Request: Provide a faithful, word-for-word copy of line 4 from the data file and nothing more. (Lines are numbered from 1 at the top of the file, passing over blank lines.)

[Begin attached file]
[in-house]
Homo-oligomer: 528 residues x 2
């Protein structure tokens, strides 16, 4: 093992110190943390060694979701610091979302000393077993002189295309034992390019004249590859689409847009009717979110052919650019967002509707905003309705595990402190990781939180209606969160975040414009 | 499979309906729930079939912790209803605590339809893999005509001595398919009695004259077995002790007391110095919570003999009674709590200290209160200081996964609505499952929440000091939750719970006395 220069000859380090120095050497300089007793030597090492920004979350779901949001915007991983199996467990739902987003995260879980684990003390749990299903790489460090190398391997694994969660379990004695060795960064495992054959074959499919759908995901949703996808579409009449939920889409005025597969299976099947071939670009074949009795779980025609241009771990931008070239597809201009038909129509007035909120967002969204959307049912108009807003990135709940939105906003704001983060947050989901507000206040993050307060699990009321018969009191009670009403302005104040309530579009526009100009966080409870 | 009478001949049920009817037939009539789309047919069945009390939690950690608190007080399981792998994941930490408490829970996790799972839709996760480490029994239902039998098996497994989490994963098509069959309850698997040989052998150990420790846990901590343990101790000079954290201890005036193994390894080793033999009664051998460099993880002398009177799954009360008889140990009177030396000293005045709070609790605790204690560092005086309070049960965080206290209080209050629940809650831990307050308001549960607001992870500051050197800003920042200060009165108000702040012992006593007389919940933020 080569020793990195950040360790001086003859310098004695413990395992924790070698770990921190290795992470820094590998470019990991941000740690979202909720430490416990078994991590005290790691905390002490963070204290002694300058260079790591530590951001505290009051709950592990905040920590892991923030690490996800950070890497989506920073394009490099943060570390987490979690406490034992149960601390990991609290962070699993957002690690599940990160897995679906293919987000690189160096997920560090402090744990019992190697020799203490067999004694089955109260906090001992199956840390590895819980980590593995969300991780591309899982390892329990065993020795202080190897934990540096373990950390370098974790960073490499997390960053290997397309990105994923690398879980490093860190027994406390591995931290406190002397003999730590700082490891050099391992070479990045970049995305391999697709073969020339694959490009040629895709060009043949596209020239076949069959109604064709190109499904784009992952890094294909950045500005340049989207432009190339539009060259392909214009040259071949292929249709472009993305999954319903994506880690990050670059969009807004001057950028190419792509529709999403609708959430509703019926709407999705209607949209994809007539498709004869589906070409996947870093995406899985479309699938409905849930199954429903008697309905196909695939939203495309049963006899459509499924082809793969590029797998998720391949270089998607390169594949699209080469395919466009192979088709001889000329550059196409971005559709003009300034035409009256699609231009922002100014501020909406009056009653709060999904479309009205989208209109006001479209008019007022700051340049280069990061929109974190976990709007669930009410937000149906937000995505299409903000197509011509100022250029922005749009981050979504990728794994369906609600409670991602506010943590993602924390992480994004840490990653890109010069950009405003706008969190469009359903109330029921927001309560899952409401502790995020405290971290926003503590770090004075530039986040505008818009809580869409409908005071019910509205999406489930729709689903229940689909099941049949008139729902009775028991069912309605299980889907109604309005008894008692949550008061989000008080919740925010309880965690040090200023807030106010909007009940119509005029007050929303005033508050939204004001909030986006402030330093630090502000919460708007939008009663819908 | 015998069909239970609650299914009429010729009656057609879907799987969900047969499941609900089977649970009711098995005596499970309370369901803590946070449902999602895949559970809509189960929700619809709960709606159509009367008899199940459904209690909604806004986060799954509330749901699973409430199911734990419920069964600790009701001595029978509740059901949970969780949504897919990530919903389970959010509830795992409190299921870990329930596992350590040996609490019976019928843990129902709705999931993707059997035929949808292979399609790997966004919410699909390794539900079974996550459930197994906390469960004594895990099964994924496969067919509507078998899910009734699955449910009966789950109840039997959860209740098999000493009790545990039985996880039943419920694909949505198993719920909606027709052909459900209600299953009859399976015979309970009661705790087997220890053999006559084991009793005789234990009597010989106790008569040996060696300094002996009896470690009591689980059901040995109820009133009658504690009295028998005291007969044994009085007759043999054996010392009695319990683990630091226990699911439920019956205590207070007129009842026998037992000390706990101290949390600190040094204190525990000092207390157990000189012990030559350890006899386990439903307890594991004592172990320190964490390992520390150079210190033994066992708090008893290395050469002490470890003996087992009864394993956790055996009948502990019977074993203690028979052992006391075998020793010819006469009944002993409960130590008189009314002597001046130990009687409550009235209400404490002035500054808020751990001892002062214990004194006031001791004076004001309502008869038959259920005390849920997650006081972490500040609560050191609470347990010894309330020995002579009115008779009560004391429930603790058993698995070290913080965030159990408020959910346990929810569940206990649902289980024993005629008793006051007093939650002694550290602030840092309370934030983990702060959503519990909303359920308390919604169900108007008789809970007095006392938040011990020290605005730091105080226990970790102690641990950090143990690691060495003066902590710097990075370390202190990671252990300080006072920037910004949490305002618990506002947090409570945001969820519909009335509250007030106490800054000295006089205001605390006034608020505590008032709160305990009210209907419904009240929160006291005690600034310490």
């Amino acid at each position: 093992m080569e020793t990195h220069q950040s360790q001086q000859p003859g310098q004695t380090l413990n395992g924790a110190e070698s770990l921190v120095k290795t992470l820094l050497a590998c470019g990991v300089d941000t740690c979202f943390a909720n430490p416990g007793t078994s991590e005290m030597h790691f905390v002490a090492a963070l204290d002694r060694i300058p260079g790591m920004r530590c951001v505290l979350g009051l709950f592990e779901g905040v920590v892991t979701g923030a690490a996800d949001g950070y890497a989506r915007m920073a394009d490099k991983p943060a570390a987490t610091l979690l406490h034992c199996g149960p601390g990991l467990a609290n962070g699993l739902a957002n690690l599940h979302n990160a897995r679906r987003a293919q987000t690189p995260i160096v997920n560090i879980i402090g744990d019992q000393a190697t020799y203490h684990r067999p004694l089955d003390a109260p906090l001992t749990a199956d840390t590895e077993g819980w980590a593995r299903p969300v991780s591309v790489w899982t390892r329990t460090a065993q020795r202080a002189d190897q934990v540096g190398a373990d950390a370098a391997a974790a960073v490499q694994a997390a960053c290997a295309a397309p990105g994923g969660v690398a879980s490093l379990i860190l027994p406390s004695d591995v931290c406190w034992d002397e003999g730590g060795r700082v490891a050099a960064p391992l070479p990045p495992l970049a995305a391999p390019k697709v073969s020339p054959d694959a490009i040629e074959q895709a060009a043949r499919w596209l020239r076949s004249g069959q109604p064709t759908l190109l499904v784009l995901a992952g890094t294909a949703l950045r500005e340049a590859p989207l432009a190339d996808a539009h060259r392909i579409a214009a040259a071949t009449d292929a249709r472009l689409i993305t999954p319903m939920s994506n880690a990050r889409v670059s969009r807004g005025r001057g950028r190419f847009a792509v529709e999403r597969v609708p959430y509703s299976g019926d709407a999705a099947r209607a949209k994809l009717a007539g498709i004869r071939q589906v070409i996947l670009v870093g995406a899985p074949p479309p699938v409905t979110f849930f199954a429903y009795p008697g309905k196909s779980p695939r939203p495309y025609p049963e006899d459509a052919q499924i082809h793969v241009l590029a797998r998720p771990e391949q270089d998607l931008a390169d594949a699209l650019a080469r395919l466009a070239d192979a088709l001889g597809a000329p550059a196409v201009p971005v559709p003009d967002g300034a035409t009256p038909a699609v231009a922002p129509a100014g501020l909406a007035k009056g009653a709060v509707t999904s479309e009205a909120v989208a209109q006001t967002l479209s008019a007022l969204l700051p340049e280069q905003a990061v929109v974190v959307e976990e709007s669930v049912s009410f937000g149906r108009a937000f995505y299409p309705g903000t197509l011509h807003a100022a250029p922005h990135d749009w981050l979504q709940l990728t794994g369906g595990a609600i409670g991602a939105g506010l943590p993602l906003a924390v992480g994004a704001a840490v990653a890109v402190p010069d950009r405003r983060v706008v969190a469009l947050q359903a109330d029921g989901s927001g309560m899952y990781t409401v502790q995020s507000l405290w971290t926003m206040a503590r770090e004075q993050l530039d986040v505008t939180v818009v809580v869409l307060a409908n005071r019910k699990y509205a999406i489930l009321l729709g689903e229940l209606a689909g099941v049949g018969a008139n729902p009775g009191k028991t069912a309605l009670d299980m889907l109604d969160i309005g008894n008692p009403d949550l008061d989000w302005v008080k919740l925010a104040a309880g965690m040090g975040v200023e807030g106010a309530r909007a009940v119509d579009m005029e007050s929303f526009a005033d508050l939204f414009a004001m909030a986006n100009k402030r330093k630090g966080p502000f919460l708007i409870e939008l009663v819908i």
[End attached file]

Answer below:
């Amino acid at each position: 093992m080569e020793t990195h220069q950040s360790q001086q000859p003859g310098q004695t380090l413990n395992g924790a110190e070698s770990l921190v120095k290795t992470l820094l050497a590998c470019g990991v300089d941000t740690c979202f943390a909720n430490p416990g007793t078994s991590e005290m030597h790691f905390v002490a090492a963070l204290d002694r060694i300058p260079g790591m920004r530590c951001v505290l979350g009051l709950f592990e779901g905040v920590v892991t979701g923030a690490a996800d949001g950070y890497a989506r915007m920073a394009d490099k991983p943060a570390a987490t610091l979690l406490h034992c199996g149960p601390g990991l467990a609290n962070g699993l739902a957002n690690l599940h979302n990160a897995r679906r987003a293919q987000t690189p995260i160096v997920n560090i879980i402090g744990d019992q000393a190697t020799y203490h684990r067999p004694l089955d003390a109260p906090l001992t749990a199956d840390t590895e077993g819980w980590a593995r299903p969300v991780s591309v790489w899982t390892r329990t460090a065993q020795r202080a002189d190897q934990v540096g190398a373990d950390a370098a391997a974790a960073v490499q694994a997390a960053c290997a295309a397309p990105g994923g969660v690398a879980s490093l379990i860190l027994p406390s004695d591995v931290c406190w034992d002397e003999g730590g060795r700082v490891a050099a960064p391992l070479p990045p495992l970049a995305a391999p390019k697709v073969s020339p054959d694959a490009i040629e074959q895709a060009a043949r499919w596209l020239r076949s004249g069959q109604p064709t759908l190109l499904v784009l995901a992952g890094t294909a949703l950045r500005e340049a590859p989207l432009a190339d996808a539009h060259r392909i579409a214009a040259a071949t009449d292929a249709r472009l689409i993305t999954p319903m939920s994506n880690a990050r889409v670059s969009r807004g005025r001057g950028r190419f847009a792509v529709e999403r597969v609708p959430y509703s299976g019926d709407a999705a099947r209607a949209k994809l009717a007539g498709i004869r071939q589906v070409i996947l670009v870093g995406a899985p074949p479309p699938v409905t979110f849930f199954a429903y009795p008697g309905k196909s779980p695939r939203p495309y025609p049963e006899d459509a052919q499924i082809h793969v241009l590029a797998r998720p771990e391949q270089d998607l931008a390169d594949a699209l650019a080469r395919l466009a070239d192979a088709l001889g597809a000329p550059a196409v201009p971005v559709p003009d967002g300034a035409t009256p038909a699609v231009a922002p129509a100014g501020l909406a007035k009056g009653a709060v509707t999904s479309e009205a909120v989208a209109q006001t967002l479209s008019a007022l969204l700051p340049e280069q905003a990061v929109v974190v959307e976990e709007s669930v049912s009410f937000g149906r108009a937000f995505y299409p309705g903000t197509l011509h807003a100022a250029p922005h990135d749009w981050l979504q709940l990728t794994g369906g595990a609600i409670g991602a939105g506010l943590p993602l906003a924390v992480g994004a704001a840490v990653a890109v402190p010069d950009r405003r983060v706008v969190a469009l947050q359903a109330d029921g989901s927001g309560m899952y990781t409401v502790q995020s507000l405290w971290t926003m206040a503590r770090e004075q993050l530039d986040v505008t939180v818009v809580v869409l307060a409908n005071r019910k699990y509205a999406i489930l009321l729709g689903e229940l209606a689909g099941v049949g018969a008139n729902p009775g009191k028991t069912a309605l009670d299980m889907l109604d969160i309005g008894n008692p009403d949550l008061d989000w302005v008080k919740l925010a104040a309880g965690m040090g975040v200023e807030g106010a309530r909007a009940v119509d579009m005029e007050s929303f526009a005033d508050l939204f414009a004001m909030a986006n100009k402030r330093k630090g966080p502000f919460l708007i409870e939008l009663v819908i």